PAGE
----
Exquisite Arts Magazine Vol 7: Fall Issue- Oct/2017 | Page 25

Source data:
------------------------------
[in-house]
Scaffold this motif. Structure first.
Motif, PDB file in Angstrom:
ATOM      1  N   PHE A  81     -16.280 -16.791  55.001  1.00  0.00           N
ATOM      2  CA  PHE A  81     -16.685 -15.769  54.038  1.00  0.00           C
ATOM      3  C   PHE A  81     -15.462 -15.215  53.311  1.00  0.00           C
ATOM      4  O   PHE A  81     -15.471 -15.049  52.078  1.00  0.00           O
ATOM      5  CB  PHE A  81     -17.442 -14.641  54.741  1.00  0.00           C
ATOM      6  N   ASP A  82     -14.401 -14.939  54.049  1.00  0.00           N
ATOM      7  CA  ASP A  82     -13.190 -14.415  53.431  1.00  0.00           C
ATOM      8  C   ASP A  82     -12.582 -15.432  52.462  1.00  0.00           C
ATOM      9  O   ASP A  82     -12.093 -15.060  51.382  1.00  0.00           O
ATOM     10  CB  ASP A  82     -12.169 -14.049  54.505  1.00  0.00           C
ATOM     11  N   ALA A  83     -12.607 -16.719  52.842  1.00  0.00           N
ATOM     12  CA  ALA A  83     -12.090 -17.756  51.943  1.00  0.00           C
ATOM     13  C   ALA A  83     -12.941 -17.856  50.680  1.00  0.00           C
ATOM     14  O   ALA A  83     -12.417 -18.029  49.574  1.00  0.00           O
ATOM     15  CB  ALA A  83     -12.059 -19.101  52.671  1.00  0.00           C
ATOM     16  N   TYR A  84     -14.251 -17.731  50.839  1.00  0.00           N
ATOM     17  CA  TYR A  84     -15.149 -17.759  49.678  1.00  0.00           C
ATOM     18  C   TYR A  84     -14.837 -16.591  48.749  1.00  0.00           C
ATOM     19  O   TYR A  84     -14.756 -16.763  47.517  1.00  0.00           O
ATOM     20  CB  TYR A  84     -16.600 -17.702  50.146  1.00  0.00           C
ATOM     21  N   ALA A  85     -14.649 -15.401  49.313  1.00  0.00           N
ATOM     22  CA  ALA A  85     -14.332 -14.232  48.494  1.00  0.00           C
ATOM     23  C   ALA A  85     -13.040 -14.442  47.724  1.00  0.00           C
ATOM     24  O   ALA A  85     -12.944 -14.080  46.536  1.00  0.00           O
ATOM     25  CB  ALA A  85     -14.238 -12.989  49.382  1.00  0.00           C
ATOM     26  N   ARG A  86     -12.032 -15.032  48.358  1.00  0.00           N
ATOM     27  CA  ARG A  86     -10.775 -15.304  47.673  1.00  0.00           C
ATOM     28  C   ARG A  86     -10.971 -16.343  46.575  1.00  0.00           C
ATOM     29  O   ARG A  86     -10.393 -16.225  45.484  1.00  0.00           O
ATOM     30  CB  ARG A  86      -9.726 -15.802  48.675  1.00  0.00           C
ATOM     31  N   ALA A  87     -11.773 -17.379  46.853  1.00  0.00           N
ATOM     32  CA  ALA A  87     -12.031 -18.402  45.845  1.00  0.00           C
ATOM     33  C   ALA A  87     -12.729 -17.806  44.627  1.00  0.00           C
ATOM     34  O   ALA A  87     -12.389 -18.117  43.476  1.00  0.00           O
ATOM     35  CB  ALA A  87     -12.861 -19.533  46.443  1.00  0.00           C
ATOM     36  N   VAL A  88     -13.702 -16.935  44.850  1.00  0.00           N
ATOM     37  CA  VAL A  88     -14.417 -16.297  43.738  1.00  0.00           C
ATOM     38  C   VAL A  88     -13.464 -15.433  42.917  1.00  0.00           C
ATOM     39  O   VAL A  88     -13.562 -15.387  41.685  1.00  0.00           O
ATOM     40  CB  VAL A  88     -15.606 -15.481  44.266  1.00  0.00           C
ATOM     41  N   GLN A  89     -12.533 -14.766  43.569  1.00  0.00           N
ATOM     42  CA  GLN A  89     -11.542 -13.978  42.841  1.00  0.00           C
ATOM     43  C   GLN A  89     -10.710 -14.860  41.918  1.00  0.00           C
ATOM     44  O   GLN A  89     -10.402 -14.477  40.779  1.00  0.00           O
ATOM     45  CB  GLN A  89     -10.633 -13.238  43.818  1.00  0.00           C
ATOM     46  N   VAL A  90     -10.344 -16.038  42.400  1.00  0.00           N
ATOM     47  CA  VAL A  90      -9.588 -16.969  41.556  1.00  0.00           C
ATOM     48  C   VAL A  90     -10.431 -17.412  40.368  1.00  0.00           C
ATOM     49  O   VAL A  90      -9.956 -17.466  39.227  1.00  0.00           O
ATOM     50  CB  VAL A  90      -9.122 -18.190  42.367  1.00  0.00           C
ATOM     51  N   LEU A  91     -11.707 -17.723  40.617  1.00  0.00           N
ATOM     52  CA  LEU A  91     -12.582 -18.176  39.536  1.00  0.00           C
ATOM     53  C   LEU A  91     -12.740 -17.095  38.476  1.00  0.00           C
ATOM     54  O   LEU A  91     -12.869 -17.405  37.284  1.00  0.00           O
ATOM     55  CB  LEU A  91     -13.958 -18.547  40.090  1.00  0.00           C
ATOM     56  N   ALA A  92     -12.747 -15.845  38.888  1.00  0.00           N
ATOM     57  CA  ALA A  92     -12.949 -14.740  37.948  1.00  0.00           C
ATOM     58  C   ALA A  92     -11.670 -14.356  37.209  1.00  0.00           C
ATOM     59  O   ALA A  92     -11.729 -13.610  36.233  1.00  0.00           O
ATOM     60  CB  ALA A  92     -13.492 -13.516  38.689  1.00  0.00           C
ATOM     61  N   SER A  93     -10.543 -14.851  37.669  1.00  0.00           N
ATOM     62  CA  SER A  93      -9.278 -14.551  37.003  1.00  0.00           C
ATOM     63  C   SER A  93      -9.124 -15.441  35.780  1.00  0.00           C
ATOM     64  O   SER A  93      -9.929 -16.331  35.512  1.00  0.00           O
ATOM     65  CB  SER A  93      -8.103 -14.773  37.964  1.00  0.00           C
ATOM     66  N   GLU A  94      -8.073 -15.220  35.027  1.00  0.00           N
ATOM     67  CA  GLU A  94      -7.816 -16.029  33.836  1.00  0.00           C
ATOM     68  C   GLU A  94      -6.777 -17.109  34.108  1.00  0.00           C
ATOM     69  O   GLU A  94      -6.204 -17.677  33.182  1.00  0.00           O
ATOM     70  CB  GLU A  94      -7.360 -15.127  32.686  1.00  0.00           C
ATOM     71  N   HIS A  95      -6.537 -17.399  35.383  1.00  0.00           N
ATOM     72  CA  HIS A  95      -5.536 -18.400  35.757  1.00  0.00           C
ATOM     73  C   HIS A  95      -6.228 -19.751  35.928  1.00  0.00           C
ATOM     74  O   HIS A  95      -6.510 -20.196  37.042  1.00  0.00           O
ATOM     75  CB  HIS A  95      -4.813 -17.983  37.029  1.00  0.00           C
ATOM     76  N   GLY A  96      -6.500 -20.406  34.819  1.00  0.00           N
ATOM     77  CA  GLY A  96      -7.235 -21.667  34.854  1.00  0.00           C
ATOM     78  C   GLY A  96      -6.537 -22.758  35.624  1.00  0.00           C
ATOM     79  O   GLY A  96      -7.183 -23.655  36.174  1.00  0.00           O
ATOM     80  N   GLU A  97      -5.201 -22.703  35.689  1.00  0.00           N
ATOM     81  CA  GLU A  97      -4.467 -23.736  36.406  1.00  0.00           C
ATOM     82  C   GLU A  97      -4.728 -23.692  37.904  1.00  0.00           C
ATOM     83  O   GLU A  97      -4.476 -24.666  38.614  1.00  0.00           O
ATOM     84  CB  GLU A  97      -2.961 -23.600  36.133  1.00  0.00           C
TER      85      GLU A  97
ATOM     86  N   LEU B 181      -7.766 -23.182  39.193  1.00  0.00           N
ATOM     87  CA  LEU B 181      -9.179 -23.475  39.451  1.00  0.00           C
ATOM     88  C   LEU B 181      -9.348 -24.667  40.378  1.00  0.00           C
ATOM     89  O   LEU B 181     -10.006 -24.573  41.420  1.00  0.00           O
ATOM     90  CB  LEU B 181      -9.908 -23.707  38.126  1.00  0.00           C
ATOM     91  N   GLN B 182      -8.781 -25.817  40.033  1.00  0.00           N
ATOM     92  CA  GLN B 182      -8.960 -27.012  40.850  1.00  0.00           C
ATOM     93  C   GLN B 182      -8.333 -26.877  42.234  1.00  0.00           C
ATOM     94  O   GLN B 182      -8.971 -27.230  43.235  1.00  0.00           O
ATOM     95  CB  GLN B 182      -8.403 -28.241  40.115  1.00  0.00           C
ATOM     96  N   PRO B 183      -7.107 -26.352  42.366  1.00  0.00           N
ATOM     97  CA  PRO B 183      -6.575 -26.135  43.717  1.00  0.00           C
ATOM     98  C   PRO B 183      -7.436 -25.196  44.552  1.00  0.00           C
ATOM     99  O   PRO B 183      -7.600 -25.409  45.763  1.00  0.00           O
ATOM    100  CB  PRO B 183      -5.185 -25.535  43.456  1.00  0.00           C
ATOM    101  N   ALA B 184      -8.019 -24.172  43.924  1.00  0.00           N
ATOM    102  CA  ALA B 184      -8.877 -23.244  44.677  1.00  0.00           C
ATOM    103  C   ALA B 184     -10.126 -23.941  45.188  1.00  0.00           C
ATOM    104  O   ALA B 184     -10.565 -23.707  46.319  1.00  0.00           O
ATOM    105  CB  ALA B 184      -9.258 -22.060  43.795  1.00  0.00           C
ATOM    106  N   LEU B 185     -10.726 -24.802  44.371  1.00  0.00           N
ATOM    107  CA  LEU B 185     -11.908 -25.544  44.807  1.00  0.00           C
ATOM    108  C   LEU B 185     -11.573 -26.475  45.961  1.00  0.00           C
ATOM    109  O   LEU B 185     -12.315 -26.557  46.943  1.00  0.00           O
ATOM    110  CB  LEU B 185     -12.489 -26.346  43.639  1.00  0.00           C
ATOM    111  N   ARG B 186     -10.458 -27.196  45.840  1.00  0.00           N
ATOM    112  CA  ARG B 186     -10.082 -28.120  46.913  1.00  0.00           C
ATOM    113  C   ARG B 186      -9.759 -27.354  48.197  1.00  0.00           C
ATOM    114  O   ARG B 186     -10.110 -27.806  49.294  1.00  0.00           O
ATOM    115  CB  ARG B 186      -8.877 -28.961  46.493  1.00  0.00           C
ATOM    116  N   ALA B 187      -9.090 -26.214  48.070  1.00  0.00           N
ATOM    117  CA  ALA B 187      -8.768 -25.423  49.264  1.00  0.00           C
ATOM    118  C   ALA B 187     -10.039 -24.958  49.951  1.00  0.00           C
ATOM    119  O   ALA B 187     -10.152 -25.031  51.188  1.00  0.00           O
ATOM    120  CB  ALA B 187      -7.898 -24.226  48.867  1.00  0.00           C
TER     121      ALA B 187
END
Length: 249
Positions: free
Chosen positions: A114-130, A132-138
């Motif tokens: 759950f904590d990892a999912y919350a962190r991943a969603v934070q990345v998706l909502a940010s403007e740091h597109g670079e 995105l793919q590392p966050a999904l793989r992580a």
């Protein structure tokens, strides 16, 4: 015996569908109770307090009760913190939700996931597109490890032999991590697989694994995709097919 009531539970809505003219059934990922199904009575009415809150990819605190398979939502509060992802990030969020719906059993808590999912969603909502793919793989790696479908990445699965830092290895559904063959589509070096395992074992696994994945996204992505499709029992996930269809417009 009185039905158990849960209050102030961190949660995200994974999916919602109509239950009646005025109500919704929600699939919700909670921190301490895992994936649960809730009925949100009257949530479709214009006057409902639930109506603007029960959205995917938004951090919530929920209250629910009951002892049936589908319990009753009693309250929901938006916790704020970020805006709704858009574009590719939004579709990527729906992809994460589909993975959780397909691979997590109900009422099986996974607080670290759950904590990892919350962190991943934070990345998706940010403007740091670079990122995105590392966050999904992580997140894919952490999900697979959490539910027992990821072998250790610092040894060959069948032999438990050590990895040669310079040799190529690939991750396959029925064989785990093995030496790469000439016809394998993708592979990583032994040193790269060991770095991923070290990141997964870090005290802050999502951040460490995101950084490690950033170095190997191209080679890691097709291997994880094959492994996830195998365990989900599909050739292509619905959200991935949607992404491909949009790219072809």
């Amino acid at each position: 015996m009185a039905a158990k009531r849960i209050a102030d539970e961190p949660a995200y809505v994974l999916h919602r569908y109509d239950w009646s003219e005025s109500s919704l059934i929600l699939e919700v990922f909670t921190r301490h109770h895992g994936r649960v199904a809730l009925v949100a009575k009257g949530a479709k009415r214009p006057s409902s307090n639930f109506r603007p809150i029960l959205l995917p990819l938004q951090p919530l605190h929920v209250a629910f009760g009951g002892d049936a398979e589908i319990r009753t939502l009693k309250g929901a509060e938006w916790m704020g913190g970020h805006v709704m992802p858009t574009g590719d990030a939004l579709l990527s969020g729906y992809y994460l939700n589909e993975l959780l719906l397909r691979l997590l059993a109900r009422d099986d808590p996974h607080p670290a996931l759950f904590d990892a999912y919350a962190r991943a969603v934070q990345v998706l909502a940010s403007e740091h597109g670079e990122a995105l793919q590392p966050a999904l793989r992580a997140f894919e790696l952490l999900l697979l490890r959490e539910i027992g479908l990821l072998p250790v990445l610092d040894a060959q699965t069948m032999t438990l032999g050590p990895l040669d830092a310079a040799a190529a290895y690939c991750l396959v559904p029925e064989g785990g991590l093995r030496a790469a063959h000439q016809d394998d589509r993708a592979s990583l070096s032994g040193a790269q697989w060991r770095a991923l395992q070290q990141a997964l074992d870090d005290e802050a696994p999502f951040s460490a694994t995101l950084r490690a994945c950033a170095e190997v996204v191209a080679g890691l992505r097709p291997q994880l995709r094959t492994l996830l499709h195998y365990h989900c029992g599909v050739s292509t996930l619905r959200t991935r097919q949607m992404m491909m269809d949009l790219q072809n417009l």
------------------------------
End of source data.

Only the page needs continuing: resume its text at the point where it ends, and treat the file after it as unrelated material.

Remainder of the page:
those who were not born genetically female and therefore have called for an addition of a transgendered monologue to be added. It’s interesting to note that many colleges have put on variations of The Vagina Monologues often with monologues of their own pre-written based off the individual experiences of the women on those campuses. Francesca Woodman, Photography Francesca Woodman’s photography offers a staunch and dramatic look at the female form, presented as both a work of art as well as a paradoxical vessel of of pain versus pleasure. Often her photography would feature nude female models, often herself, comprised of long exposures and various plays on lighting, often in damaged, crumbling rooms. Her photography has been regarded as some of the most unique and genius work to date by a female photographer, especially when the photography world was still primarily a man’s world and featured mainly male artists. Francesca Woodman used a lot of shadow elements in her work and often littered her photography with imagery such as women looking longingly into mirrors or photographed in protective stances when simple floral arrangements sat just behind the corner, perhaps a visual display of the constant hunt for the beauty within and the difficulty that often comes with being a woman. Unfortunately due to a combination of what still is debated to this day, Francesca Woodman committed suicide in 1981 at the age of 22. Her work had never been overly displayed and it’s believed by her father that yet another rejection letter for funding was the final straw in what remains to be seen as a troubled, yet creatively brilliant life. Francesca Woodman’s work now routinely tours around and is displayed in various books, journals and galleries, particularly in New York where she lived prior to her dea th. Her work to this day still incites debate over its meaning, but remains to conversation starter due to its charisma and daring use of shadow and light. Louise Bourgeois, Sculpture Louise Bourgeois was a prolific sculpture artist but also painted and did printmaking. Her large scale sculptures won praise and acclaim along with various installation art. She worked with a number of artists on collaborations and while she was never tied or associated with any one specific artistic movement, her various works over the years could be contributed to movements such as surrealism, feminism and abstract art. Some of her pieces explored the complex relationships between parents and children, particularly her piece The Destruction of the Father, in which a huge womb-like structure is created using soft materials and as the visitor enters they eventually come across a murder scene where four children have killed their father and eaten him. The symbolism of an oppressive father and the eventual rebellion of children is pronounced and perhaps even extreme, lending itself to the viewer potentially relating their own experiences with oppressive father-like figures to the installation. The Destruction of the Father Perhaps one of her most popular works is Maman, created in 1999 but envisioned in 1946, a giant spider cast in metal, 30 feet high and 33 feet wide. It is on display in Ottawa outside the National Gallery of Canada along with other permanent installations in the likes of the UK’s Tate Modern, the Guggenheim in Bilbao, Spain and the Mori Art Museum in Tokyo. The symbolism represents the strength of her mother, a weaver and the helpful, clever Page 24